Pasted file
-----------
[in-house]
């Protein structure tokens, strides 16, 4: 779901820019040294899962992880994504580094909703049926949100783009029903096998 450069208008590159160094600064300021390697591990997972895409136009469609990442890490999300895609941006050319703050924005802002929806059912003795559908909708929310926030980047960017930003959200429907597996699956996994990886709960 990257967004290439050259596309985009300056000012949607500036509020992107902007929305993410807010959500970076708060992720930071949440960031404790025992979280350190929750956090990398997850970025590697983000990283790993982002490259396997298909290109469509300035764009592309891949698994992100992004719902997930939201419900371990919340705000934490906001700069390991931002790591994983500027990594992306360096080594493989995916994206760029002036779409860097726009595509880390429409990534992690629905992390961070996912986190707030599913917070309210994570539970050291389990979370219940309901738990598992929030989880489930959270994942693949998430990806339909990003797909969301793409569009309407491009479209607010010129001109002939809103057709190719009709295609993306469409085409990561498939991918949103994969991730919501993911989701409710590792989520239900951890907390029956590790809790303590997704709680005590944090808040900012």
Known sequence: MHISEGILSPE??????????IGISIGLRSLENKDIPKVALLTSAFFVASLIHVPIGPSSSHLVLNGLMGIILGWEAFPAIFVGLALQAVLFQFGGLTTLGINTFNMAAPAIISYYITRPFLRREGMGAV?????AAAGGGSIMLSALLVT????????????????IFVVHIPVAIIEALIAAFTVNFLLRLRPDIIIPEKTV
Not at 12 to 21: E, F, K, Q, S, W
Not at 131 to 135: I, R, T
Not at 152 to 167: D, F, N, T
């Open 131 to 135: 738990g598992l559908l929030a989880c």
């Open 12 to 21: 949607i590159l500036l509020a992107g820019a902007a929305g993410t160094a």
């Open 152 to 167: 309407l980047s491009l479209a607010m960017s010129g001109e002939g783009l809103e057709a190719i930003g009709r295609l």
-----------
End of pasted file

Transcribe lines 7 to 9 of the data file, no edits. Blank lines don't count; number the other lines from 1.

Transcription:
């Open 131 to 135: 738990g598992l559908l929030a989880c």
């Open 12 to 21: 949607i590159l500036l509020a992107g820019a902007a929305g993410t160094a």
């Open 152 to 167: 309407l980047s491009l479209a607010m960017s010129g001109e002939g783009l809103e057709a190719i930003g009709r295609l």